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Making the argument against an offensive lineman at pick 15 for the New York Jets

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NCAA Football: CFP National Championship-Texas Christian at Georgia Mark J. Rebilas-USA TODAY Sports

The overwhelming consensus among fans and pundits appears to be that the New York Jets will spend the 15th overall pick on an offensive tackle this Thursday.

Let me start by acknowledging that I understand the logic.

  1. The offensive line is viewed as important.
  2. Offensive tackles are viewed as the most important based on their contract values
  3. The Jets do not currently have an offensive tackle that is considered above average
  4. The Jets are bringing in Aaron Rodgers (officially!) and are trying to capitalize on a short championship window, which could be hampered by a poor offensive line
  5. To some degree, you could argue the Jets lack a glaring short-term hole at any of the other high value positions (quarterback, wide receiver, cornerback, edge rusher)

With that said, while I understand the logic, I disagree with it for a few reasons.

1) There is this prevailing belief the Jets offensive line was bad last season. That isn’t false, but I think it avoids the question of “why” that was the case. One could make a very simple argument that it was due to the quarterback. Beyond that, data on the whole supports as much, as QB pressures seem to be a function of the QB far more than the offensive line.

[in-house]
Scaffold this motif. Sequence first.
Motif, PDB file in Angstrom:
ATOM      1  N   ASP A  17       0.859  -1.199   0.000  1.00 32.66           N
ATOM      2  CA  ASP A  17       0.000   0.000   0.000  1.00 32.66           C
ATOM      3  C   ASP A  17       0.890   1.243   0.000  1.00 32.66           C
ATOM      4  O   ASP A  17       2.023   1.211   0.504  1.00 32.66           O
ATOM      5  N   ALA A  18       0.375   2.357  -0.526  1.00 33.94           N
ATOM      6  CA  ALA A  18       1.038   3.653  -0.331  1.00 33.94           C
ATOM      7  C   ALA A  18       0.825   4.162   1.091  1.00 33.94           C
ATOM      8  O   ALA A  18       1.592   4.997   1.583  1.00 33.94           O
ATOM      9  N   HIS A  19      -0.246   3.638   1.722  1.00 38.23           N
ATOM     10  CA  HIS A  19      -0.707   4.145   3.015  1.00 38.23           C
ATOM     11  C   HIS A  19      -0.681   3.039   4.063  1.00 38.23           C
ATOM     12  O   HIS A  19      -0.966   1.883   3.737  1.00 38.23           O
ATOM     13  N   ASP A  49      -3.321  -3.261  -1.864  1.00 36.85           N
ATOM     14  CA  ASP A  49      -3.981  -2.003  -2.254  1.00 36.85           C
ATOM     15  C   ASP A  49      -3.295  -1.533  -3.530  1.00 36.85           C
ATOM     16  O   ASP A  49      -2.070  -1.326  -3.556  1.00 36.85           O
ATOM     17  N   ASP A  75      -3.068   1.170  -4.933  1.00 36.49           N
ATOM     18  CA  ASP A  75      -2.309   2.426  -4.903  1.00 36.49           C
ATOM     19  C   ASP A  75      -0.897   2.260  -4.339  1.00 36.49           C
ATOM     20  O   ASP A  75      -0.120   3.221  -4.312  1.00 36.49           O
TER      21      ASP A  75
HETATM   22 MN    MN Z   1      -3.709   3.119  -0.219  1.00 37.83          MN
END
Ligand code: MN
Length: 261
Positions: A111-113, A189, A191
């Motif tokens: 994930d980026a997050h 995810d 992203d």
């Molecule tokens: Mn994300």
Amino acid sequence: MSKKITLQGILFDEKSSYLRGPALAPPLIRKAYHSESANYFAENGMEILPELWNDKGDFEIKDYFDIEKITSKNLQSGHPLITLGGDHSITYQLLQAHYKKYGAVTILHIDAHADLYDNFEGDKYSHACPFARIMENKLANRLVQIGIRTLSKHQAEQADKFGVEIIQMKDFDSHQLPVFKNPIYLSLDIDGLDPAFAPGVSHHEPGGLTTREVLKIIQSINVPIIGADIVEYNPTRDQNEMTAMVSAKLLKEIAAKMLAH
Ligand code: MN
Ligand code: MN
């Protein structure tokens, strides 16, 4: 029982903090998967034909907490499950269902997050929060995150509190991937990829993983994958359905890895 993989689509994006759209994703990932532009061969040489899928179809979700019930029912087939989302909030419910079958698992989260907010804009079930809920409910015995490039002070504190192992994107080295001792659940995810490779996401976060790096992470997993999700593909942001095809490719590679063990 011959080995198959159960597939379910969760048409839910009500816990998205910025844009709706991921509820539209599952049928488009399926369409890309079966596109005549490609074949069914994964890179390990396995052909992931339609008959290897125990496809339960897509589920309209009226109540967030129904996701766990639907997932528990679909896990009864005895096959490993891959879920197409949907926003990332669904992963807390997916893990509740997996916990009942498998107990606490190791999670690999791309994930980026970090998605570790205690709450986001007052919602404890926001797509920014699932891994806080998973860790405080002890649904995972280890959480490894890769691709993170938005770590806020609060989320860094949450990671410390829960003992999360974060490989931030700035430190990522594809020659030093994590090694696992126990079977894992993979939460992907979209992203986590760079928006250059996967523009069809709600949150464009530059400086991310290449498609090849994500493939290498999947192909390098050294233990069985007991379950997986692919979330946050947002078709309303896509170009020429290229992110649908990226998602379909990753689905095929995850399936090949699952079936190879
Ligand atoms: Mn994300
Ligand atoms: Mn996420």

2) NFL teams seem to be recognizing that defensive lines are simply too good in the modern version of the NFL. Indeed, we see teams speed up their team to throw when facing a great pass rush, such as the 2023 Philadelphia Eagles and the 2022 Los Angeles Rams. This is notable because great pass rushes tend to make up a substantial amount of the pass rushes that teams face come playoff time, which are really the games that matter.

3) Data also suggests “elite” pass blocking offensive linemen have little incremental gains over their “good” counterparts, even though the elite players tend to cost 2x the price. While the rookie scale keeps draft pick contract costs low, this still has relevance for resource allocation and would imply that trying to identify and then eventually re-sign elite linemen may be a fool’s errand. Can an alternative option that yields basically the same outcome not be found on Day 2 or even Day 3? Personally, I think that’s doable if we’re shooting for “good” rather than “all pro.”

4) The hope when drafting is to select a player that outperforms their draft slot. With that in mind, how many current NFL lineman would you trade the 15th overall pick for straight up? At tackle, I can name maybe 6 guys if I’m being generous. At guard, I can name like 4. Do those numbers really sound like good bets? Especially given the lack of real value created by having an elite rather than a good lineman? I’m skeptical.

Putting it all together, I tend to fall under the belief that the offensive line may not be the most impactful use of resources. While important, I think an easy argument can be made that paying for “high end” offensive line talent is perhaps a poor allocation of resources compared to other units. If we think that argument holds weight then why invest our most impactful draft resource until April 2025 on such a player?

So, long story short, count me out on the offensive tackle draft party. Give me a playmaker if one is available.